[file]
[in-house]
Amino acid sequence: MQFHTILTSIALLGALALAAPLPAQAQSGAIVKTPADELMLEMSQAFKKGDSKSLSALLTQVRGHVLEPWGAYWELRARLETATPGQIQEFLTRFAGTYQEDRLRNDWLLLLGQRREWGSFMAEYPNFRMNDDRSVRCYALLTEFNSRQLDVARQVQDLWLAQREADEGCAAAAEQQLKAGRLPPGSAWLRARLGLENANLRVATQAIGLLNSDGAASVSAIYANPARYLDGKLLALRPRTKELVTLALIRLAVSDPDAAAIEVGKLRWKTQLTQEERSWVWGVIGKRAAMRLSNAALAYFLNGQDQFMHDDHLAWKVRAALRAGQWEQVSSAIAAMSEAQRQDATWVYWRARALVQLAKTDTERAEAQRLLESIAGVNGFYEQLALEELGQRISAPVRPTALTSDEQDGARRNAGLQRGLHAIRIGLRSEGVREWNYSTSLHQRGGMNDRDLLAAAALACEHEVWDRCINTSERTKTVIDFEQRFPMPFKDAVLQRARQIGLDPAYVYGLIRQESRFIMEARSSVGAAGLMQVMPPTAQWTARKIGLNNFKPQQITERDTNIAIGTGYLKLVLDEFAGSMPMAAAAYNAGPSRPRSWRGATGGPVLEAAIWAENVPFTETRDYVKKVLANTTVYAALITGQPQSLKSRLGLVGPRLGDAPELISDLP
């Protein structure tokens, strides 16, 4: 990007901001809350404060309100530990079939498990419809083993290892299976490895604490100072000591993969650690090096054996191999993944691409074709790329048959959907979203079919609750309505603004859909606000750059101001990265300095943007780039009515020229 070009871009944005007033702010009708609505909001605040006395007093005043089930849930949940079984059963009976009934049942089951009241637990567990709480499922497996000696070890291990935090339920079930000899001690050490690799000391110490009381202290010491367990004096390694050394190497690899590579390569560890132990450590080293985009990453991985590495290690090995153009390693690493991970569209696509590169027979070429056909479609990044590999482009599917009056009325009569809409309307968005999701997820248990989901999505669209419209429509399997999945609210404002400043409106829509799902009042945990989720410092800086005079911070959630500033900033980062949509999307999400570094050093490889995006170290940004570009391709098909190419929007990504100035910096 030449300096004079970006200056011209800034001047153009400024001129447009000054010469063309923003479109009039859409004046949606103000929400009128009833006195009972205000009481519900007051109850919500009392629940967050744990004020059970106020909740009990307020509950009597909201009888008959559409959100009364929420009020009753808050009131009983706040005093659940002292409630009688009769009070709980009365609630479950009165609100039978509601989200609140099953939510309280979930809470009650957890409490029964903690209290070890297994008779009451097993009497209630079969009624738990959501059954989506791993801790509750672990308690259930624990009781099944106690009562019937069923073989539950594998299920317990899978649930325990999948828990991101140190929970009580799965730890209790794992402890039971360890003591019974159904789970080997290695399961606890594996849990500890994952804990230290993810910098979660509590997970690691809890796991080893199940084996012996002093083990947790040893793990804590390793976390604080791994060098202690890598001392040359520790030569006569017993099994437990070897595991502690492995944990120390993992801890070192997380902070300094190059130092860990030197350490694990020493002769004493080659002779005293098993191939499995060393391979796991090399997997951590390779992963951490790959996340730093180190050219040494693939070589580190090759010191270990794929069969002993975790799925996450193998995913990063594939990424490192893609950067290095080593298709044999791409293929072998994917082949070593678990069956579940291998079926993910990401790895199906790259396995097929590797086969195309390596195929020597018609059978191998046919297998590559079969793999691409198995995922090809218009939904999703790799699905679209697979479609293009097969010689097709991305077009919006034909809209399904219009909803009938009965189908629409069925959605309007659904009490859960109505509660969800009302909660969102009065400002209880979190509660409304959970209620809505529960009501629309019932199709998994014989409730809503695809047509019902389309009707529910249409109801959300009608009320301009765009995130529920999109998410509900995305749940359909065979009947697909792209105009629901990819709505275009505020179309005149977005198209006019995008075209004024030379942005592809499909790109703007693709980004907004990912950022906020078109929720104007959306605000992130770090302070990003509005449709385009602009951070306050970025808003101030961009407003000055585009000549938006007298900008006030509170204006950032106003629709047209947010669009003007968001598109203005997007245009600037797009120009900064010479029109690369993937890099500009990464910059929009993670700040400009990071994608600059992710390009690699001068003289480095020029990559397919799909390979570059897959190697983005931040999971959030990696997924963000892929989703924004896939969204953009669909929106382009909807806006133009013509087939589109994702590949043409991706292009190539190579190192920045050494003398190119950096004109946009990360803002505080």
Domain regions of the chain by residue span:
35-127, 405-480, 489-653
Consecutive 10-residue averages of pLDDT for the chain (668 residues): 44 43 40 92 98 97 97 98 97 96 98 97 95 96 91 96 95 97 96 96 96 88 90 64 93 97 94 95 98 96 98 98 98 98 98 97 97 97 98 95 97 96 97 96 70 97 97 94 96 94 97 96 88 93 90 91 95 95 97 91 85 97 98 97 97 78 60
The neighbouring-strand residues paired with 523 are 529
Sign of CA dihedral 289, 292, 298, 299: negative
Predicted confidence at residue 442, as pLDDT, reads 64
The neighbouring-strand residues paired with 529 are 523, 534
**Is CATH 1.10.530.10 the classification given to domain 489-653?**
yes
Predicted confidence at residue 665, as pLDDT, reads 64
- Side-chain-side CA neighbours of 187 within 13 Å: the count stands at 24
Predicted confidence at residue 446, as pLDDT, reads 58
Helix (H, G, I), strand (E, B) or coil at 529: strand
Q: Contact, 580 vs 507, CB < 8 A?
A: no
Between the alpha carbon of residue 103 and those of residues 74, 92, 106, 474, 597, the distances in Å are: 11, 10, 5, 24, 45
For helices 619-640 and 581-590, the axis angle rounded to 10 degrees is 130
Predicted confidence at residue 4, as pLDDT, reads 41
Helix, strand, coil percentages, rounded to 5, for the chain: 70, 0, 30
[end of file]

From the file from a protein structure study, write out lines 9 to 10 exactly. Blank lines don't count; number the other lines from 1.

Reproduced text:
Predicted confidence at residue 442, as pLDDT, reads 64
The neighbouring-strand residues paired with 529 are 523, 534